Distribution of the Amphibian Chytrid Fungu, Batrachochytrium Dendrdobatidis, in Cameroon

Sunday, February 14, 2016
Courtney Miller, University of New Orleans, New Orleans, LA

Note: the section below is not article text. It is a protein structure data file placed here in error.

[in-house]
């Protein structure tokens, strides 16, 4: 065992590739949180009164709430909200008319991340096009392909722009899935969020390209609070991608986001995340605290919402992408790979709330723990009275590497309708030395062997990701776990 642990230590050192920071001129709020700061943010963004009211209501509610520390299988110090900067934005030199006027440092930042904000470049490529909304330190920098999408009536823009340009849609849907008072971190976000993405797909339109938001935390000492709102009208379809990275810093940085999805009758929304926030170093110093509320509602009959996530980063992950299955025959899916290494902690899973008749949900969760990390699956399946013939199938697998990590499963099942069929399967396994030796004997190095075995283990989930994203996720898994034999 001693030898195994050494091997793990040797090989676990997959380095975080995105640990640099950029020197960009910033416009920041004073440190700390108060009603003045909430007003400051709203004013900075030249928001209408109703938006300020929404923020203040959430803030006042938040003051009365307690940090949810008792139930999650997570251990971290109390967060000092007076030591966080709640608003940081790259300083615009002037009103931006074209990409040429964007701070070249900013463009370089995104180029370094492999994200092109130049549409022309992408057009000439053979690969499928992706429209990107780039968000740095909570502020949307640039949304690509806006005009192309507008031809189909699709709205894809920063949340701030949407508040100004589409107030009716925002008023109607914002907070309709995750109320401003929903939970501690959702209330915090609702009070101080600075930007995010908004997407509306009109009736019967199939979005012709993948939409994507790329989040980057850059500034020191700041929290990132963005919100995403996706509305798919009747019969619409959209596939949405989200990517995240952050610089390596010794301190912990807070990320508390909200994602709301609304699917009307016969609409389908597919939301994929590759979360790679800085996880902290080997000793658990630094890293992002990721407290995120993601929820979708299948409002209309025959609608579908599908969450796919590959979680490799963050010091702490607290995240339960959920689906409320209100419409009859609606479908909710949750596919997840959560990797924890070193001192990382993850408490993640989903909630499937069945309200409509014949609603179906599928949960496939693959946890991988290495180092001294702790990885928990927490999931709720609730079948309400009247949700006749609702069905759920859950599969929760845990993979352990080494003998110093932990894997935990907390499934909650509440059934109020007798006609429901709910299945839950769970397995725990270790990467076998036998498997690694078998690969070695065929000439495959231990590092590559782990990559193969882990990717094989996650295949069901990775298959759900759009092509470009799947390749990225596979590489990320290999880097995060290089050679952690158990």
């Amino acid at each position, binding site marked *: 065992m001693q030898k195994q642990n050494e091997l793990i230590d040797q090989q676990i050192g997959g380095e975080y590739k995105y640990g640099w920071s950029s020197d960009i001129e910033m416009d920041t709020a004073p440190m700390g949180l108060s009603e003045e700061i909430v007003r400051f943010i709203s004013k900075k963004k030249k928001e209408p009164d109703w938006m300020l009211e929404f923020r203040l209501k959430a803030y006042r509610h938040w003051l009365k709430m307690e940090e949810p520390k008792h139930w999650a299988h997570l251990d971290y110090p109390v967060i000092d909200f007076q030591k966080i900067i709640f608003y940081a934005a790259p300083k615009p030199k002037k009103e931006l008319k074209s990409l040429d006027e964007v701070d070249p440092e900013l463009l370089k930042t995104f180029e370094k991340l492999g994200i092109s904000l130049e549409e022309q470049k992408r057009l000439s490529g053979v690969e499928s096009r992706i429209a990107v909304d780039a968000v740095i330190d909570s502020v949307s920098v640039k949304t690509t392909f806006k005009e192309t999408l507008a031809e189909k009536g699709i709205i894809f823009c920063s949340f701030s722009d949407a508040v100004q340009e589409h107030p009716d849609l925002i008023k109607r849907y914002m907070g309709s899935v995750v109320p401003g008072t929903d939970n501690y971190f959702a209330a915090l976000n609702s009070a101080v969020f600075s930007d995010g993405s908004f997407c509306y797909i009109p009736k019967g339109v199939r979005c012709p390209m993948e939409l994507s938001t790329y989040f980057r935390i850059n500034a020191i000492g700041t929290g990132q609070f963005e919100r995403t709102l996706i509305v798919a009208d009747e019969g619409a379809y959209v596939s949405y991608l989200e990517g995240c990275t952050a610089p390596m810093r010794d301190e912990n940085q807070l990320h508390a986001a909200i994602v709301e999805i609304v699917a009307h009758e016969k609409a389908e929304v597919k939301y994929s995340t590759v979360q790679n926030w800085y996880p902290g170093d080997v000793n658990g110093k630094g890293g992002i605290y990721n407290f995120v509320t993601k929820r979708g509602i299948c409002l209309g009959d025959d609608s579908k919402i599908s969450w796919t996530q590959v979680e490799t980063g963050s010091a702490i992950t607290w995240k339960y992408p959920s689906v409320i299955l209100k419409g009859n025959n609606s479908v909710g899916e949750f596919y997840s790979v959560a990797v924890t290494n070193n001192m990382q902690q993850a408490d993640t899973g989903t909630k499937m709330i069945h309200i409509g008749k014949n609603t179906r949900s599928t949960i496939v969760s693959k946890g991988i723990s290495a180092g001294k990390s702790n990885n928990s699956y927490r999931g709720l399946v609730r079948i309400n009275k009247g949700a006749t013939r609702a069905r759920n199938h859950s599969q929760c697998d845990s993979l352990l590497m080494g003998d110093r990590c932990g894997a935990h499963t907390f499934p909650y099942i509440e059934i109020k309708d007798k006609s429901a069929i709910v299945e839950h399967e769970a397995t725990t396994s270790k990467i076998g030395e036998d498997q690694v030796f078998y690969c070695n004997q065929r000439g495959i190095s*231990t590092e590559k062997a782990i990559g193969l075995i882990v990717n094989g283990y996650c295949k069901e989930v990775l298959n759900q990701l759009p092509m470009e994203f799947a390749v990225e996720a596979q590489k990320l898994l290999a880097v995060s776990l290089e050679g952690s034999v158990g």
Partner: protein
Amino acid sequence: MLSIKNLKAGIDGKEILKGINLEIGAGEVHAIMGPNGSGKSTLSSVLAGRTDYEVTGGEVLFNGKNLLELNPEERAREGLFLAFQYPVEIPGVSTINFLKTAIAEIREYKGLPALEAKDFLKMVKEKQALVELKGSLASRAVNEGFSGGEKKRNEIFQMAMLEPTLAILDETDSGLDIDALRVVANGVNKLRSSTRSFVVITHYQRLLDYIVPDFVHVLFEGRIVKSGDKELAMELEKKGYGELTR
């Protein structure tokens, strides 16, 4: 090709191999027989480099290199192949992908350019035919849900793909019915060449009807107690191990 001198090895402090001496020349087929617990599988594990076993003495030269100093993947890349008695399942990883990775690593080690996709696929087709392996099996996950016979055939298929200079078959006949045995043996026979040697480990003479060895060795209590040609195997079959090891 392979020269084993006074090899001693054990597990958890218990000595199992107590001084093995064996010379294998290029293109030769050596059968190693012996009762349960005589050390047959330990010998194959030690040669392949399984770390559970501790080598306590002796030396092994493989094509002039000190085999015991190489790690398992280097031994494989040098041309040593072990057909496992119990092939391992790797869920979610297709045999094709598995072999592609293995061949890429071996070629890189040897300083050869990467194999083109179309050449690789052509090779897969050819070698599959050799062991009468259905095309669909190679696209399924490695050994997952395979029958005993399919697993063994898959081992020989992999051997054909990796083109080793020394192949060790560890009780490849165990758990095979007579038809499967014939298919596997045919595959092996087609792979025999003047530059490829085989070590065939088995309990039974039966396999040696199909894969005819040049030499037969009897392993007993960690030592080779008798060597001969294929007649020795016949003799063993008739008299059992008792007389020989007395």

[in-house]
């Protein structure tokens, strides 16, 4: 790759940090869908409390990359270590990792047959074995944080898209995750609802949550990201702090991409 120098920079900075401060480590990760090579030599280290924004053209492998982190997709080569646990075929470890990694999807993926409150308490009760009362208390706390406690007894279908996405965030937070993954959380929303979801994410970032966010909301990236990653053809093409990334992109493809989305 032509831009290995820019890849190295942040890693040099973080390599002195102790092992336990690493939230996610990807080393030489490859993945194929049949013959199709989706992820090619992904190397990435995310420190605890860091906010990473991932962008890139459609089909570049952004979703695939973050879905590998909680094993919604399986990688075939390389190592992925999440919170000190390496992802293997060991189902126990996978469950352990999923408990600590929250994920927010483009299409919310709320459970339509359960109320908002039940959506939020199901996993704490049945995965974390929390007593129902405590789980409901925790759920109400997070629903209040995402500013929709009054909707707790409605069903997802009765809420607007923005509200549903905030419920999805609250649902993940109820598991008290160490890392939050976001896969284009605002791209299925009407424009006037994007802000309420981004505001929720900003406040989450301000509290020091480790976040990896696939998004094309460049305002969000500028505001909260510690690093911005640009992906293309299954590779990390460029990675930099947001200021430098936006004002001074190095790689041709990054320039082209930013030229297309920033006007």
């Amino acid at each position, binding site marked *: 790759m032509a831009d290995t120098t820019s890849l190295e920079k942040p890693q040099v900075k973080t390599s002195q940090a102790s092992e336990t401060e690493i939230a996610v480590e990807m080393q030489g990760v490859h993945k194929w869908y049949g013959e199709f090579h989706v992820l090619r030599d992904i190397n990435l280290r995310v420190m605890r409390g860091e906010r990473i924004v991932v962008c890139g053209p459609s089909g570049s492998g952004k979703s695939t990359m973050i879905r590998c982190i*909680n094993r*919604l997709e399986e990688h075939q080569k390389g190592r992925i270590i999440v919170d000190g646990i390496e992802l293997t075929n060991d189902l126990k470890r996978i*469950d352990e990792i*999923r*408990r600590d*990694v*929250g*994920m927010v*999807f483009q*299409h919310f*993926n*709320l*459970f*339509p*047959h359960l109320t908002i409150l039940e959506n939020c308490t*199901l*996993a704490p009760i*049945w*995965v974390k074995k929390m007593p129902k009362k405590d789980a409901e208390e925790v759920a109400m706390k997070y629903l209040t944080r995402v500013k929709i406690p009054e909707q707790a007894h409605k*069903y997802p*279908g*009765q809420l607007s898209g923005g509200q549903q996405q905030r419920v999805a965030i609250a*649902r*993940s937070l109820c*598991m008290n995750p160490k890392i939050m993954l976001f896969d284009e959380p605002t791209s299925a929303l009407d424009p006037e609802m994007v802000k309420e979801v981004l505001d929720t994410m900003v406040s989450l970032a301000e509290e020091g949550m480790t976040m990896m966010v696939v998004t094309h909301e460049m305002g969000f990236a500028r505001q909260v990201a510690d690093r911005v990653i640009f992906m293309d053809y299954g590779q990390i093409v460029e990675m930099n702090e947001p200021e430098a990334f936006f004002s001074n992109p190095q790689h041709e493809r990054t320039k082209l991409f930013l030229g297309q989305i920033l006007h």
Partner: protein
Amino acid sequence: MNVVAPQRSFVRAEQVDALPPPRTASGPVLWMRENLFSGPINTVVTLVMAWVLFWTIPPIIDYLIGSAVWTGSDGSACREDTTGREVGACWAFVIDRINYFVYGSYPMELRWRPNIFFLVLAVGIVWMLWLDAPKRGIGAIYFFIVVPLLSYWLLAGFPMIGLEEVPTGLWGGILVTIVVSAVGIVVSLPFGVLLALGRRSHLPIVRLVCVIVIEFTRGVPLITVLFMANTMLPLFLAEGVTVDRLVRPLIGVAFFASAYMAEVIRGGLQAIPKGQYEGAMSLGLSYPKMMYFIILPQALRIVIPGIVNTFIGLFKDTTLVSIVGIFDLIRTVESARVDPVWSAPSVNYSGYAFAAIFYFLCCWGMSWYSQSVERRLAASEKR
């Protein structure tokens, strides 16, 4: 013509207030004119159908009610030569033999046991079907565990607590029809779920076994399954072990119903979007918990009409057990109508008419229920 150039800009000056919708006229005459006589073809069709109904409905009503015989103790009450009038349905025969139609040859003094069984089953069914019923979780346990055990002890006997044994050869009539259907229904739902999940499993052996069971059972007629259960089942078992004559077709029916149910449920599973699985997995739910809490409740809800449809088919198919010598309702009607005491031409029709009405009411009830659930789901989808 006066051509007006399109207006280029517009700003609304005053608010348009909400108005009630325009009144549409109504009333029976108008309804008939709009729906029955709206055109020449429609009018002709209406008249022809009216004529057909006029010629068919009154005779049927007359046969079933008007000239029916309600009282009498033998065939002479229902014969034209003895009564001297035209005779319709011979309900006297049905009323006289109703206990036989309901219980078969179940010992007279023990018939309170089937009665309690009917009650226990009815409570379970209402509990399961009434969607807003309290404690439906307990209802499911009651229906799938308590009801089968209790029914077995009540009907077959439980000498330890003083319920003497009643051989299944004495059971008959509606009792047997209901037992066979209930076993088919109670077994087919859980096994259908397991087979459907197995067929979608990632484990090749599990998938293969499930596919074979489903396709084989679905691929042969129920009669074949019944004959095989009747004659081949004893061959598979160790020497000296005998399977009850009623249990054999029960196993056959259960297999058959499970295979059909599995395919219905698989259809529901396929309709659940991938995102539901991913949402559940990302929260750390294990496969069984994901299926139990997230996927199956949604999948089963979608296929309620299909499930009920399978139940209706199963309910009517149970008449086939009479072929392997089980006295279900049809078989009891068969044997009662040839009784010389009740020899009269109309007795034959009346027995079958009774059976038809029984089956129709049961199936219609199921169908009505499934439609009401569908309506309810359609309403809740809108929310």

The precipitous decline of amphibian species worldwide has been attributed primarily to the infectious disease, chytridiomycosis, caused by the chytrid fungus Batrachochytrium dendrobatidis (Bd). One of the earliest cases of Bd infection was found in a specimen of Xenopus fraseri collected in Cameroon in 1933. However, little is known about the distribution of Bd across much of Equatorial Africa, including biodiversity-rich montane regions such as the Gulf of Guinea. The specific objectives of this project are to: (1) map the distribution of Bd in amphibian communities at five ecologically distinct areas in Cameroon that span an important part of the Gulf of Guinea biodiversity hotspot; (2) determine if key environmental variables can be used to predict Bd presence, and (3) produce spatial maps that model the likely distribution of present and future Bd dispersal throughout the country. Approximately 400 amphibian skin swabs were screened for presence of Bd using quantitative polymerase chain reaction (qPCR). The spatial distribution of Bd was modeled using the ecological niche modeling approach implemented in the program MaxEnt. Environmental variables associated with precipitation, temperature, and proximity to human settlements exhibit positive relationships with Bdpresence. By determining the environmental predictors of Bd we have improved our understanding of its current and potential future distribution across the region, identified communities vulnerable to future infection and targeted areas that may represent reservoirs of resistance. This project has generated quantitative data on the prevalence of this devastating disease in an area long recognized for harboring high levels of amphibian endemicity as well as provided novel information on the current status of Bd dispersal and potential for its future spread.